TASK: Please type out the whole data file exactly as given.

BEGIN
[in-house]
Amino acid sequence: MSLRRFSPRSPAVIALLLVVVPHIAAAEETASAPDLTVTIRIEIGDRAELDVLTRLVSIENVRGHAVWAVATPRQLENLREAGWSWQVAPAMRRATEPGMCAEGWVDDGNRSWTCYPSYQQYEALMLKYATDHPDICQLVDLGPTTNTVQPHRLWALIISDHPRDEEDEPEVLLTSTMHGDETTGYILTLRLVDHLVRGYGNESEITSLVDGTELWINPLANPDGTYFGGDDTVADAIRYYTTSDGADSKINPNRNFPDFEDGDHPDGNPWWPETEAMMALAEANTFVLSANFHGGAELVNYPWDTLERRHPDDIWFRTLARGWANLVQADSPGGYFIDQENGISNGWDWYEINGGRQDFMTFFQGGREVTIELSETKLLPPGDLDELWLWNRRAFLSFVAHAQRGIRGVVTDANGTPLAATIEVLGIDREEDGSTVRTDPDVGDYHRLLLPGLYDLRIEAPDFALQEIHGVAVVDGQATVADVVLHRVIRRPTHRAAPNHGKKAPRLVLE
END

[in-house]
Amino acid sequence: MSLRRFSPRSPAVIALLLVVVPHIAAAEETASAPDLTVTIRIEIGDRAELDVLTRLVSIENVRGHAVWAVATPRQLENLREAGWSWQVAPAMRRATEPGMCAEGWVDDGNRSWTCYPSYQQYEALMLKYATDHPDICQLVDLGPTTNTVQPHRLWALIISDHPRDEEDEPEVLLTSTMHGDETTGYILTLRLVDHLVRGYGNESEITSLVDGTELWINPLANPDGTYFGGDDTVADAIRYYTTSDGADSKINPNRNFPDFEDGDHPDGNPWWPETEAMMALAEANTFVLSANFHGGAELVNYPWDTLERRHPDDIWFRTLARGWANLVQADSPGGYFIDQENGISNGWDWYEINGGRQDFMTFFQGGREVTIELSETKLLPPGDLDELWLWNRRAFLSFVAHAQRGIRGVVTDANGTPLAATIEVLGIDREEDGSTVRTDPDVGDYHRLLLPGLYDLRIEAPDFALQEIHGVAVVDGQATVADVVLHRVIRRPTHRAAPNHGKKAPRLVLE